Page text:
Two Irish designs being built at Rockland's Apprenticeshop
Friday, February 14th 2020
Projects these days at the Apprenticeshop have taken on an international tinge.
Two major boats under construction at the Rockland, Maine-based boat-building school involve classic Irish one-designs; one is a Dublin Bay 24 sailing sloop, the other a Dublin Bay Water Wag, which is considered by some to be the world’s oldest one-design sailboat.
Designed by Scottish naval architect Alfred Mylne, the Dublin Bay 24 is a lean sloop with long overhangs — 37.9 feet LOA, 24 feet LWL, with a beam of just 8 feet, and a draft of 5.3 feet. Mylne described his design as a “fast cruiser with accommodation for living aboard in moderate comfort,” according to an account by Vanessa Bird in her book Classic Classes. The design was commissioned by the Royal Alfred Yacht Club in 1938, and, according to the Milne archives, 10 were built, mostly at Mylne’s Bute Slip Dock Co. on the Firth of Clyde. The sloops, which were not delivered until after WWII, were raced in Dublin Bay until 2004 when the remaining eight boats were bought as a group and shipped to France for restoration. That initial effort faltered until recently when an organization called Maritime Arts and Crafts and a dedicated Irish sailor name David Espy came up with a plan to have each one restored by a different boat-building school, according to Apprenticeshop Executive Director Isabella Feracci.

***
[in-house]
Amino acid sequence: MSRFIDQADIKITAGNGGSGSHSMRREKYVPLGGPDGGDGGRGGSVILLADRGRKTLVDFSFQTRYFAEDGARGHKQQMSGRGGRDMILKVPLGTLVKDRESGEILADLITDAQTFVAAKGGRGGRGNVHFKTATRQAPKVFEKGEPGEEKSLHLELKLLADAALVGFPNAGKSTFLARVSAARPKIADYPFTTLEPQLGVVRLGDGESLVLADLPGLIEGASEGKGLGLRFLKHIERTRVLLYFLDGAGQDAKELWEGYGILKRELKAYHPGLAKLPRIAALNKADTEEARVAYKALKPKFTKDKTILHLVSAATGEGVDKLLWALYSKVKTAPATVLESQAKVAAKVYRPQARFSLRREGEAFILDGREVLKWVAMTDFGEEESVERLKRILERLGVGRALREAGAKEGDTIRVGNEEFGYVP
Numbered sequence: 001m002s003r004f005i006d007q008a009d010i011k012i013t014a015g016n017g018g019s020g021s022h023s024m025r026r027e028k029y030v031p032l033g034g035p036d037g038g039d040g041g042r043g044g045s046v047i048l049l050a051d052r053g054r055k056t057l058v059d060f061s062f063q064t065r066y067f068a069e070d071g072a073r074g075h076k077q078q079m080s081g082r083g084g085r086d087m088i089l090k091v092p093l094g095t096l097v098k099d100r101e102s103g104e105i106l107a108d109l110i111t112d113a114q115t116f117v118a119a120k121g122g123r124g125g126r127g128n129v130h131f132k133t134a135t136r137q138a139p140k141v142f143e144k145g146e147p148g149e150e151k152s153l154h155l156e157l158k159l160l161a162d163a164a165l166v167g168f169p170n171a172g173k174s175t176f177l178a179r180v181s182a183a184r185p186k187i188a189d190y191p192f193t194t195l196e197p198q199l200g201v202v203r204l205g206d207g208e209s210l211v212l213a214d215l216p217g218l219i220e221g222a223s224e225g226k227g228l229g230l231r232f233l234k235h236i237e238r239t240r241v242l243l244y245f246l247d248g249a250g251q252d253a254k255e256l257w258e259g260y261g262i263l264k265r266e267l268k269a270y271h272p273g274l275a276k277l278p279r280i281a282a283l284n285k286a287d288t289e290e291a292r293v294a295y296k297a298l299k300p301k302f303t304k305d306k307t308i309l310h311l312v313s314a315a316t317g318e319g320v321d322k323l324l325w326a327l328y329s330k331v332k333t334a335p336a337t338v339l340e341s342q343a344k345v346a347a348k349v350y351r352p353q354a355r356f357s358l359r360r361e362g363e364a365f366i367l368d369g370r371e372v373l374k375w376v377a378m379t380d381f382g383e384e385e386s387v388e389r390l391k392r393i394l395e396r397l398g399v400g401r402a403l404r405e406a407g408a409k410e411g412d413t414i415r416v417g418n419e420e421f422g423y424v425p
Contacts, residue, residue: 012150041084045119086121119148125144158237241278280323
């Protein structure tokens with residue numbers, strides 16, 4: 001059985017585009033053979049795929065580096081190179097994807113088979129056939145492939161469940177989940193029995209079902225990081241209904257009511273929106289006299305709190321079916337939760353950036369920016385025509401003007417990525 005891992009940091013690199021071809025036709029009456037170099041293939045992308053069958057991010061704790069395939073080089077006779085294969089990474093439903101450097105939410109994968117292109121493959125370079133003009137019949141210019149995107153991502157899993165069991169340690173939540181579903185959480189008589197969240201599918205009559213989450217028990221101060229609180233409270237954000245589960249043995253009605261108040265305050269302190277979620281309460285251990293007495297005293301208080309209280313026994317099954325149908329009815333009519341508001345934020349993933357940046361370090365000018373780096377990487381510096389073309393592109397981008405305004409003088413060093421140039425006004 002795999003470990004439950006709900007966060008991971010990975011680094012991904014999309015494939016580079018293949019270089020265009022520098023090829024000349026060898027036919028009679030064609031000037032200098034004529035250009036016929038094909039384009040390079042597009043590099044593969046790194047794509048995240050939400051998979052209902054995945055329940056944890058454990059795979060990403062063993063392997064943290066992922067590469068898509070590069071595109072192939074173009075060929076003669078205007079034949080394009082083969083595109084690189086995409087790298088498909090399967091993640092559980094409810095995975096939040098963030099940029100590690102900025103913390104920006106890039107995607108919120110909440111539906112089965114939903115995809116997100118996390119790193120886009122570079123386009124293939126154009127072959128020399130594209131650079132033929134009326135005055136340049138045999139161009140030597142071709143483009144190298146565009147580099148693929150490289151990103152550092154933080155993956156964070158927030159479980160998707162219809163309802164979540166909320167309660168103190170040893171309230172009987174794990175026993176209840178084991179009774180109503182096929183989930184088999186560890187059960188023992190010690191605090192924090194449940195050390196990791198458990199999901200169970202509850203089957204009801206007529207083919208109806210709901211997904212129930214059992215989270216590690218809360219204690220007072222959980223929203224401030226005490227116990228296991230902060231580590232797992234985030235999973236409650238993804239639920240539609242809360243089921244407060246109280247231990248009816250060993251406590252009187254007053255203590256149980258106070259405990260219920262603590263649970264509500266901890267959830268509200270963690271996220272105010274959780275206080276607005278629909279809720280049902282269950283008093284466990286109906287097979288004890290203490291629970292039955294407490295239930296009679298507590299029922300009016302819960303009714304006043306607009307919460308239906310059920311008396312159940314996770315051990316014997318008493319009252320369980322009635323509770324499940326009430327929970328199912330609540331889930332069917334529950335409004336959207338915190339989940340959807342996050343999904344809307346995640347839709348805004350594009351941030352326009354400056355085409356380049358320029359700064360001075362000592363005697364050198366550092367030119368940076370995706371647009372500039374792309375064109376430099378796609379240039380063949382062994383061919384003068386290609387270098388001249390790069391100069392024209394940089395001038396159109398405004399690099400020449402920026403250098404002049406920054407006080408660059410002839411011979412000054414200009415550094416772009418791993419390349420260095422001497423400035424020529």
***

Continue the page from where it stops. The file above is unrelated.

One of the first rebuilds took place at Skol ar Mor, a boat-building school in South Brittany run by Mike Newmeyer. A former director at the Apprenticeshop, Newmeyer was influential in having the Rockland school chosen as the rebuilding site for this Dublin Bay 24, Feracci said.
The boat is being by built by apprentices at the shop under the direction of instructor Daniel Creisher with a lot of help and direction from long-time boat builder John England. Work began on the boat in 2018. The hope is to launch it in the summer of 2021, Feracci said. The project is considered a restoration of an original Dublin Bay 24 named Zephyra. But in the end the only original part of the boat will be the keel ballast.
As for the Water Wag, that is a far smaller dinghy — just 13 feet long, with a plumb bow, a beam of just under 5 feet 3 inches, and draft of 1.67 feet with the centerboard down. The hope is to have that launched and sailing by this summer, she said. That project is under the direction of Kevin Carney. Like the Dublin Bay 24, this boat is also being built for Espy and his Maritime Arts and Crafts group.
Water Wags have been raced in Ireland since 1887. Ironically, the other contender for the world’s oldest one-design title is the North Haven Dinghy. Sailors in the Fox Island Thoroughfare, just across Penobscot Bay from Rockland and the Apprenticeshop have been racing the North Haven catboats also since 1887. Hmmm. Maybe we should stage a match race to decide who gets the title?!